Danika comes from a wolves’ den? So… she’s a werewolf after all? Right? Also, Bryce is apparently a pushover. This isn’t a great sign for a main character, but you never know.

Let’s skip forward several paragraphs to get some banter.

“Never mind that,” Bryce said. “I have a bone to pick with you.”

Danika rearranged the crap in the closet to make space for her own. “I told you I was sorry I ate your leftover noodles. I’ll buy you more tonight.”

“It’s not that, dumbass, though again: fuck you. That was my lunch for today.” Danika chuckled. “This tattoo hurts like Hel,” Bryce complained. “I can’t even lean against my chair.”

Maas is so far doing a good job at characterization. Bryce is a little bland, but this banter shows how strong the friendship between Bryce and Danika is. Calling each other names like this, combined with positive body language, is a sign of trust. They both know they don’t mean it because they’re close. I also appreciate that while Bryce has super feminine getup including a tight dress and high heels, Danika wears a leather jacket and needs a manicure. Unlike many other novels, this one isn’t pretending women who are into masculine versus feminine things are at war with each other or something.

However, the intrusion of “Danika chuckled” into Bryce’s dialogue makes me want to tear out this page and eat it. Because Danika isn’t speaking, Maas probably thought she didn’t need to start a new paragraph there. But having the name there makes it look like Danika’s line. Plus, this kind of body language fills the same role as dialogue. Danika is responding to what Bryce said. Put lines like this in their own paragraph… or die.*

Danika, who’d gotten a matching tattoo of the text now scrolling down Bryce’s back, had already healed. One of the benefits to being a full-blooded Vanir: swift recovery time compared to humans—or a half-human like Bryce.

Maas is pretty bad at explaining things – except Bryce. Information about Bryce has been carefully worked into the narration continuously. If only that much thought was used in introducing everything. Or just Danika. Maas, tell me whether Danika’s a werewolf, and no one gets hurt.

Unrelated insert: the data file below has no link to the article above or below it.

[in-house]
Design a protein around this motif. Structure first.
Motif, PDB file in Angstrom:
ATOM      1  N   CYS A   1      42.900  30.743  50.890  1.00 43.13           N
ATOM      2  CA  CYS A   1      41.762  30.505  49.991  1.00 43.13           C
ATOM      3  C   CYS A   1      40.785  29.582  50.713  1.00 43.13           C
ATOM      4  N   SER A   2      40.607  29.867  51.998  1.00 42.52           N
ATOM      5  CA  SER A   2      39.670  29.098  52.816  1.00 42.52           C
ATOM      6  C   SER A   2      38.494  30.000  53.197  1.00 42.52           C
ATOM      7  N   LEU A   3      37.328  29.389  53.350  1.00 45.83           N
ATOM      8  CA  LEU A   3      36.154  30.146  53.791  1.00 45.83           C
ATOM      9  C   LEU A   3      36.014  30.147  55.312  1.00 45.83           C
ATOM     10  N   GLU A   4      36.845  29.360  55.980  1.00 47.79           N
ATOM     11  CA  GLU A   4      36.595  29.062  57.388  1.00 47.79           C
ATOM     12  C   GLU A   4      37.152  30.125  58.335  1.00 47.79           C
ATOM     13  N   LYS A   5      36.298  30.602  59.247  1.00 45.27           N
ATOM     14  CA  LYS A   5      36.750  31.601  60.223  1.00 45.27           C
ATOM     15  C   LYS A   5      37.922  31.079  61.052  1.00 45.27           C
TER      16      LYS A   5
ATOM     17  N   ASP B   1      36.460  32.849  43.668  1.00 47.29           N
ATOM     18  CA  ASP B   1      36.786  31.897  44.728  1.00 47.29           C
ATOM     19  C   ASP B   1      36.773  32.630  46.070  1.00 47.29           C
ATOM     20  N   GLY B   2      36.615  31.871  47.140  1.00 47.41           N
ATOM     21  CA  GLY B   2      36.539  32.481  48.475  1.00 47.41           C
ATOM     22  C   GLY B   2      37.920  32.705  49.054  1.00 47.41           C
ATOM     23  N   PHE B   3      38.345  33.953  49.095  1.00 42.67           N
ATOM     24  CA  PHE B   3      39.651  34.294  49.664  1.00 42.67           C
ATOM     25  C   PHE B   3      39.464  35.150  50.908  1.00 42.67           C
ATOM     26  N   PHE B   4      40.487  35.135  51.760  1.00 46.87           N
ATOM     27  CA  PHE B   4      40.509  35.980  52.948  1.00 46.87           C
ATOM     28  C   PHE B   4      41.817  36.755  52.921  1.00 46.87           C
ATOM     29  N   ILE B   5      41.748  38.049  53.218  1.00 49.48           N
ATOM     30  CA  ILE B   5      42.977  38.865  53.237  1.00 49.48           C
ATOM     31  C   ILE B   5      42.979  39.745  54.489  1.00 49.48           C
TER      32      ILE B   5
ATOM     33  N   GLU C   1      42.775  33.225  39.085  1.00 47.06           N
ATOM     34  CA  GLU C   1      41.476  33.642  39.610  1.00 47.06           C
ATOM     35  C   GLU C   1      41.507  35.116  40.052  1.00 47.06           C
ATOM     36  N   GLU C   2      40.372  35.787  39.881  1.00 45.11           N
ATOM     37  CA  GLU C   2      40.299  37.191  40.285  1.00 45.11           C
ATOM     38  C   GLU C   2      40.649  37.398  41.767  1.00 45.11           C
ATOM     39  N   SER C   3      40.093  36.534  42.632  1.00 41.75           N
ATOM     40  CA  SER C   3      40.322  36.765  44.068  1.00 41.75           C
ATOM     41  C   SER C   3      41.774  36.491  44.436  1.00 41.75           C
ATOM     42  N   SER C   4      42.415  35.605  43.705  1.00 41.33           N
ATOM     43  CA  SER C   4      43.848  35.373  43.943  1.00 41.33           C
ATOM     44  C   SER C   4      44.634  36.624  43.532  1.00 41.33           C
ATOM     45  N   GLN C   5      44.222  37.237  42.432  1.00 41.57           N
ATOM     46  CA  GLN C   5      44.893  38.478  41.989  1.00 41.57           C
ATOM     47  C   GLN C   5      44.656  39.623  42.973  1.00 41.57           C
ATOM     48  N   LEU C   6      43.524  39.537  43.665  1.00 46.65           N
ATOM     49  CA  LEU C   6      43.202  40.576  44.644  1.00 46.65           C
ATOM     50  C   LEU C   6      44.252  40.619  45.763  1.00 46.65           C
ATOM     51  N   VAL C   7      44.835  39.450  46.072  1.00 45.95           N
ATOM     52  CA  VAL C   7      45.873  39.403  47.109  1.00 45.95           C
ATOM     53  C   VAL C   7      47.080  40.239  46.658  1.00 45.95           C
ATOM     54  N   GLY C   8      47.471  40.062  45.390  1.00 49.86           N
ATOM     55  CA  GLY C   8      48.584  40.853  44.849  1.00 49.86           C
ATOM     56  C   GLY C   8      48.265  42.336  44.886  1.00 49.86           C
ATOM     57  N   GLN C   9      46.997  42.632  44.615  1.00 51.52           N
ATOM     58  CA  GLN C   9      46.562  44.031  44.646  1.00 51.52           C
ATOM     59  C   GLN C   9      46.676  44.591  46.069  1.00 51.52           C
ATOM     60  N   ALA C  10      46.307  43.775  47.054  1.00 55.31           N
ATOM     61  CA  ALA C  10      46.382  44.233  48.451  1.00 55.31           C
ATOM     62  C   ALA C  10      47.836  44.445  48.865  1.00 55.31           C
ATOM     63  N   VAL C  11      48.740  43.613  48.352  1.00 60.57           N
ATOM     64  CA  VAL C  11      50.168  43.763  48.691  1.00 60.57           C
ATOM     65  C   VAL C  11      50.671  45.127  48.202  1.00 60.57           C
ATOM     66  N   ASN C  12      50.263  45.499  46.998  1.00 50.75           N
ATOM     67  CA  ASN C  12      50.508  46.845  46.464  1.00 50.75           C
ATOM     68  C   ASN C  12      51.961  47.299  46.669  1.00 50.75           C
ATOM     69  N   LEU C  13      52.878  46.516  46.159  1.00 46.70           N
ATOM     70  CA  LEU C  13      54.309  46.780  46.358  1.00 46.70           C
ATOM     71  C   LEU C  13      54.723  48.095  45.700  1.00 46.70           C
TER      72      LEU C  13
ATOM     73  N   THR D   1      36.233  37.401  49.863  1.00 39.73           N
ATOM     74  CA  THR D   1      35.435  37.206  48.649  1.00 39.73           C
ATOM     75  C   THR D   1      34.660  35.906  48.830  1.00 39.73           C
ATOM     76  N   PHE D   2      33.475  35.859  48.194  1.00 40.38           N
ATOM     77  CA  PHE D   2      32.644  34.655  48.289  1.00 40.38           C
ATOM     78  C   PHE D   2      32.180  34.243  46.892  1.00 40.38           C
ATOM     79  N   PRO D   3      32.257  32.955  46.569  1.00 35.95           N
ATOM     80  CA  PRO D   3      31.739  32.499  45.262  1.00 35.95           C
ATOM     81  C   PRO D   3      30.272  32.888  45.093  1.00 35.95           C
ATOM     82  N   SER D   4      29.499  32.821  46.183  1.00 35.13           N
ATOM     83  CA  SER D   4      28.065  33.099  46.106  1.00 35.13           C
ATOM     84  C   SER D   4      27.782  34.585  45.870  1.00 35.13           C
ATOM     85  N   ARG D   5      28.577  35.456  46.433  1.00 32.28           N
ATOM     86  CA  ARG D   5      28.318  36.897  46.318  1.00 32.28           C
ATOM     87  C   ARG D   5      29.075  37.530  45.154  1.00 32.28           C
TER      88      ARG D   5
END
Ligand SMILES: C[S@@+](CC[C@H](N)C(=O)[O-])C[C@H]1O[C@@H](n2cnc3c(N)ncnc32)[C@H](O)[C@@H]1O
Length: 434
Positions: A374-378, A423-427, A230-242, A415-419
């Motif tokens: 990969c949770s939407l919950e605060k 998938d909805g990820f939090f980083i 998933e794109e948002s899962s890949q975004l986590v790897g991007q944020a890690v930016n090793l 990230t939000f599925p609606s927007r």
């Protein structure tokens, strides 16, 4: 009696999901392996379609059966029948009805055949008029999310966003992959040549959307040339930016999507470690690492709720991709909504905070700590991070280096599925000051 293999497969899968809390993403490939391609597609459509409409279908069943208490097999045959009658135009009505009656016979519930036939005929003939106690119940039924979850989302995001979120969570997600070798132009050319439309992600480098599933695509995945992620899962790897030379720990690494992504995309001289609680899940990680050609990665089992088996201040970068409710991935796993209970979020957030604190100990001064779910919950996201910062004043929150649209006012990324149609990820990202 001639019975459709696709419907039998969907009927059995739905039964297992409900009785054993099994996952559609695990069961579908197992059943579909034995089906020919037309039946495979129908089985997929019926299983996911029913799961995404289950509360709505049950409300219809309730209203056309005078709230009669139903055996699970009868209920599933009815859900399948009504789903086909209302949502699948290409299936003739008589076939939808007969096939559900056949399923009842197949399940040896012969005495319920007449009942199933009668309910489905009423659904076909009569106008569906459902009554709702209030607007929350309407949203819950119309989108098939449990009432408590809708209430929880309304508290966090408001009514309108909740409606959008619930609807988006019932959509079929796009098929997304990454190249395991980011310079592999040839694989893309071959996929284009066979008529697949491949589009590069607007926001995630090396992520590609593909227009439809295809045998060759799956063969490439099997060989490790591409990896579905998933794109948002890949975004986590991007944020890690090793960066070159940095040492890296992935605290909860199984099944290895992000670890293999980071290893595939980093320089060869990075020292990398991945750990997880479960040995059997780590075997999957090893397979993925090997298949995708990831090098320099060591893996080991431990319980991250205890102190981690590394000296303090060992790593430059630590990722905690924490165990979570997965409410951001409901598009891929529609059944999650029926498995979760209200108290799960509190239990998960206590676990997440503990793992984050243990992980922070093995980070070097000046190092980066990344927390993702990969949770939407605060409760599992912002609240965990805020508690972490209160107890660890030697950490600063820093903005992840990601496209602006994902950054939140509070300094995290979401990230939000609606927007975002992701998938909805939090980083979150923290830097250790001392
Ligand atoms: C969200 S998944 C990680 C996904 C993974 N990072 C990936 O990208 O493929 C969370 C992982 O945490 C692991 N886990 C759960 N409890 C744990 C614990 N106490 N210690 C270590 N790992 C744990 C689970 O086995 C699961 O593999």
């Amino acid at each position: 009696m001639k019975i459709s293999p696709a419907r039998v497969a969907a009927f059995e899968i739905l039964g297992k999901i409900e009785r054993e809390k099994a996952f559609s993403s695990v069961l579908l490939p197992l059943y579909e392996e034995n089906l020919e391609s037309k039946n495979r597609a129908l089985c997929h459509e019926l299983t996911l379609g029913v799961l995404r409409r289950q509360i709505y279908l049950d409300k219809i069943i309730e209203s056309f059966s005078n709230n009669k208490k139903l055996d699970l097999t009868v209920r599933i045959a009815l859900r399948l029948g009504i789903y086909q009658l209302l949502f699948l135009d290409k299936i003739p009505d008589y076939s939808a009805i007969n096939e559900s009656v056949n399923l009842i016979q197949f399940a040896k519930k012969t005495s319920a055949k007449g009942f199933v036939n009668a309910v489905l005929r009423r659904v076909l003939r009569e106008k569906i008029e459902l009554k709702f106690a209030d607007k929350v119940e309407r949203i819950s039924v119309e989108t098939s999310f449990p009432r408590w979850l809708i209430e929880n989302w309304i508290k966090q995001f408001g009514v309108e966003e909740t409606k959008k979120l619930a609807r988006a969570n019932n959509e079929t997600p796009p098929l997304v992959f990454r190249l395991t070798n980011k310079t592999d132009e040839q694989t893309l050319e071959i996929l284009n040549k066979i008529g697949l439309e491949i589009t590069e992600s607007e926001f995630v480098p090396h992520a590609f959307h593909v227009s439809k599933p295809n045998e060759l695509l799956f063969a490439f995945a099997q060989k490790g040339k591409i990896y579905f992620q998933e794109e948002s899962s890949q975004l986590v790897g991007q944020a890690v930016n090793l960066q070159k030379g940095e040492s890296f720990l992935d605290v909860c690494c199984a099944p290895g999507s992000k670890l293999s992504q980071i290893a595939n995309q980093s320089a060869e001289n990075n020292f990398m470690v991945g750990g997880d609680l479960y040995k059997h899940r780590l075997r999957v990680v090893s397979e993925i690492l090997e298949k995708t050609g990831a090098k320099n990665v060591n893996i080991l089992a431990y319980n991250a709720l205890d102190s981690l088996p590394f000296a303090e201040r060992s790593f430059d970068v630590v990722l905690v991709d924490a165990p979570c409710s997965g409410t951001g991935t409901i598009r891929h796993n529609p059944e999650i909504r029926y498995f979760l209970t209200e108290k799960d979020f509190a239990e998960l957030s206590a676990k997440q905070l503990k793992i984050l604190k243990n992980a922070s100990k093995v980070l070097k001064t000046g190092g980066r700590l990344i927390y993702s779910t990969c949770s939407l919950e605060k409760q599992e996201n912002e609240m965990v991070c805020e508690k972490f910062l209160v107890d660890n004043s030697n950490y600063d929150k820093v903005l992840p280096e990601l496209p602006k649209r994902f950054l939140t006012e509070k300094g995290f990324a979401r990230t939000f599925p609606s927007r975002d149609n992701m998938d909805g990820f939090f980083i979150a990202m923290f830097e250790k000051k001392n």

After this, we learn that Danika was just out on patrol, and she’s a mess because she had to break up a fight with a nightstalker that spewed juices on her. Unsurprisingly, Danika asks to use the shower. Bryce points her to the shower down in the archives.

Danika’s filthy fingers began pulling the handle of the archives door. Her jaw tightened, the older tattoo on her neck—the horned, grinning wolf that served as the sigil for the Pack of Devils—rippling with tension.

Not from the effort, Bryce realized as she noted Danika’s stiff back. Bryce glanced to the supply closet, which Danika had not bothered to shut. The sword, famed both in this city and far beyond it, leaned against the push broom and mop, its ancient leather scabbard nearly obscured by the full container of gasoline used to fuel the electric generator out back.

Bryce had always wondered why Jesiba bothered with an old-fashioned generator—until the citywide firstlight outage last week. When the power had failed, only the generator had kept the mechanical locks in place during the looting that followed, when creeps had rushed in from the Meat Market, bombarding the gallery’s front door with counterspells to break through the enchantments.

So is the Pack of Devils a werewolf motorcycle gang? Inquiring bloggers want to know.

Then, oh boy, it’s time for Chekhov’s gasoline tank! I assume this tank is going to explode at some point because why else would Maas suddenly veer into tank exposition land? Even so, does this really need to be in chapter 1? Will it explode in the very next scene?

I’m also concerned about this city. All it takes is a power outage for people to start looting everything. Instead of a heavily populated city, have the Vanir considered living in fortresses? An urban lifestyle does not seem sustainable for them. If they’re going to stay here, they should consider making their mechanical locks actually mechanical, rather than something that unlocks itself as soon as the power goes out.